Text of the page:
NIC is working with Vancouver Island University (VIU) and the British Columbia Institute of Technology (BCIT) as partners in the Young Africa Works in Kenya: Youth Employability Through Technical and Vocational Education and Training (TVET) initiative.
The international initiative is being implemented by Colleges and Institutes Canada (CICan) in partnership with the Mastercard Foundation. It is part of a five-year initiative (2020-2025) with the Kenyan Ministry of Education, relevant government agencies and the private sector to increase youth workforce education in Kenya’s four major sectors: manufacturing, affordable housing, universal health care and food security, as well as the digital sector.
“North Island College is honoured to collaborate with provincial and international colleagues to strengthen opportunities for knowledge sharing and the advancement of timely trades and technical skills training,” said Dr. Cheryl O’Connell, Dean, Faculty of Trades and Technical Programs. “This project is an opportunity to contribute to the college internationalization efforts and also to expand on meaningful partnerships with our colleagues in Canada and in Kenya.”
The Kenyan delegation connected with instructors and students at two NIC campuses.
"We were able to explore the trades programs at both the Comox Valley and Campbell River campuses. As a result, we have come to better understand about the opportunities being developed in Kenya for students,” said Romana Pasca, NIC’s Manager, International Projects, Partnerships & Global Education.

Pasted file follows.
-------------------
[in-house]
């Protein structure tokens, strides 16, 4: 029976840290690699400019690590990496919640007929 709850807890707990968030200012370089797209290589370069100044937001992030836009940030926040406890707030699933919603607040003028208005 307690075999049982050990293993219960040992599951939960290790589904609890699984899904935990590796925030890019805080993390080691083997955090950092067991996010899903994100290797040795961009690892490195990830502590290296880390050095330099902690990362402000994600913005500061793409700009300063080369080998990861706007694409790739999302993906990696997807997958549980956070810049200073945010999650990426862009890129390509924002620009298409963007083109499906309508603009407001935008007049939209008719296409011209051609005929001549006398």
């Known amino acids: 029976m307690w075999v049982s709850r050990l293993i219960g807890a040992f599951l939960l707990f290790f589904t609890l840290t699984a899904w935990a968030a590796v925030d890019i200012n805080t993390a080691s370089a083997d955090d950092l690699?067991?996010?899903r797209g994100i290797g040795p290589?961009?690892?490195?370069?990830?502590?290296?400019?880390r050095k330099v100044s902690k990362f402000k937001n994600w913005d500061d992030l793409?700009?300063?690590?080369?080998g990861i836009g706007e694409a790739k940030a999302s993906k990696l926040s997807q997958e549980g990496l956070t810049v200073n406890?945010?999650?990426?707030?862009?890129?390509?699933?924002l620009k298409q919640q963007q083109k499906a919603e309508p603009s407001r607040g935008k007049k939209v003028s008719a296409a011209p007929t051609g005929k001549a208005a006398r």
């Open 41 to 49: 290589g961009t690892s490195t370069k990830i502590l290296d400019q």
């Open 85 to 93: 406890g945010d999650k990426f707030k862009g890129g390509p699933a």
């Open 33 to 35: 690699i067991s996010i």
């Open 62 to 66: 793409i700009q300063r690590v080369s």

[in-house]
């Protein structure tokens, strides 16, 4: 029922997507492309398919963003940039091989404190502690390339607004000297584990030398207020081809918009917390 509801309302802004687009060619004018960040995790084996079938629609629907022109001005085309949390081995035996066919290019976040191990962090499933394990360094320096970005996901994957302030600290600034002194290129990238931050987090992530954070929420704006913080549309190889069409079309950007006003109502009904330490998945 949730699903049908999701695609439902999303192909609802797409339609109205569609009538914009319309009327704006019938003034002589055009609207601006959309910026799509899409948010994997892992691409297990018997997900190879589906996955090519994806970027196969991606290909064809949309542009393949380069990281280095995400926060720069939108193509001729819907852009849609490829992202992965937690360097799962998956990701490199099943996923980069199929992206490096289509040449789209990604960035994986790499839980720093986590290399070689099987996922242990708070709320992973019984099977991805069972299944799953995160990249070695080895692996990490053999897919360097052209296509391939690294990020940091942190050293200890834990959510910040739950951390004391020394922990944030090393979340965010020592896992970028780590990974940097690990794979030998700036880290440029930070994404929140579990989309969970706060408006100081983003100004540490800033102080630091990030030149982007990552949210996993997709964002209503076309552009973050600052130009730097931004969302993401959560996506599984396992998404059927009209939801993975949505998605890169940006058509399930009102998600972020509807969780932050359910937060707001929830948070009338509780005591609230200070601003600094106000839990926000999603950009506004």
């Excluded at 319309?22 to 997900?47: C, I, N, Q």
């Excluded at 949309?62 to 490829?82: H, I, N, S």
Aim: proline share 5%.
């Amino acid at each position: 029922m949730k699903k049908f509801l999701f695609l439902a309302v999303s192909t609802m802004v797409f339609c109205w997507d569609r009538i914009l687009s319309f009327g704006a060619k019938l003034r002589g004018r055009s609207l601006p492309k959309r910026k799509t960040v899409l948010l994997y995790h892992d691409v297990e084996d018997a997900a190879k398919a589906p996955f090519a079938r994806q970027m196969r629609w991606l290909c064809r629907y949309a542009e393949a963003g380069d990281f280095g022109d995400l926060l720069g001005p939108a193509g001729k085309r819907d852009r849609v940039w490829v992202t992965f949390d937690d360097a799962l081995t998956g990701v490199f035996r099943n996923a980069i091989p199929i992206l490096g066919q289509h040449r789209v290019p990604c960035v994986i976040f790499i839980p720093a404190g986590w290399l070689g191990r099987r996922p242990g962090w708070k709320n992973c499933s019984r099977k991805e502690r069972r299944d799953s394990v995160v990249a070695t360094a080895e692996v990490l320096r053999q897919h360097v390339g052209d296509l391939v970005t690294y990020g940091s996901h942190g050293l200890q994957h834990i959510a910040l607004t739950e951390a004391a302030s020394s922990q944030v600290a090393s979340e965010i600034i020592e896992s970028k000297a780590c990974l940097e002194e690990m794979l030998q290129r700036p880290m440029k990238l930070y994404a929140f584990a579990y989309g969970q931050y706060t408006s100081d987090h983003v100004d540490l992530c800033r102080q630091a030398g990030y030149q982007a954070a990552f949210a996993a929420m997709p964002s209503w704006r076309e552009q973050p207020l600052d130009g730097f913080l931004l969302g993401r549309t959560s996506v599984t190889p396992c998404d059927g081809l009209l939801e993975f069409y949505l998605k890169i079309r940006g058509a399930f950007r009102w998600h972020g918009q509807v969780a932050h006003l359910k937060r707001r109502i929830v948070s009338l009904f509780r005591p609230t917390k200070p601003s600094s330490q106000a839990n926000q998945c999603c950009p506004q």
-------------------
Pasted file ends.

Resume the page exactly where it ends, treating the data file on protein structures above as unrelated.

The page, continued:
The initiative, led by VIU, will see the Canadian partners institutions work with two Kenyan institutions -- Kisii National Polytechnic and Keroka Technical Training Institute -- to develop new programs in electrical, welding, and mechanical trades, while at the same time providing new opportunities for the staff and faculty of the Canadian institutions to apply their skills and knowledge internationally.
“The partnership will allow us to develop curriculum together, so that we can have common training practices,” said David Mwangi, Principal, Kisii National Polytechnic.
“It has been important for us to see the kind of facilities and type of equipment needed for these programs in Canada. We also have been interested to learn more about the pathways for students: where to start students with varying levels of education and experience, and where each level of training should begin and end.”
Over the next three years, new competency-based courses will be rolled out at each of the Kenyan partner institutions.
“We’re developing the courses in close collaboration with our Kenyan partners and putting a focus on competency-based teaching practice,” said Darrell Harvey, VIU’s manager of global engagement. “That’s really at the heart of the second phase of this partnership, so our Kenyan colleagues can build internal capacity to support effective teaching and learning in the long term.”
“For our institutions, it is crucial for us to learn about how the Canadian colleges are finding connections with industry and their communities, so that they can develop successful opportunities for students,” said Haron Maosa, Principal, Keroka Technical Training Institute. “We have explored discussions about funding models and how the relationship between apprentice and journeyman works to inspire and motivate students.”
Funding from the Mastercard Foundation will help to ensure students in the Kenyan programs will use up-to-date equipment and technology to practice, so they are well prepared for work in the industry.
To explore more about NIC’s international partnerships with institutions around the world visit: www.nic.bc.ca/international.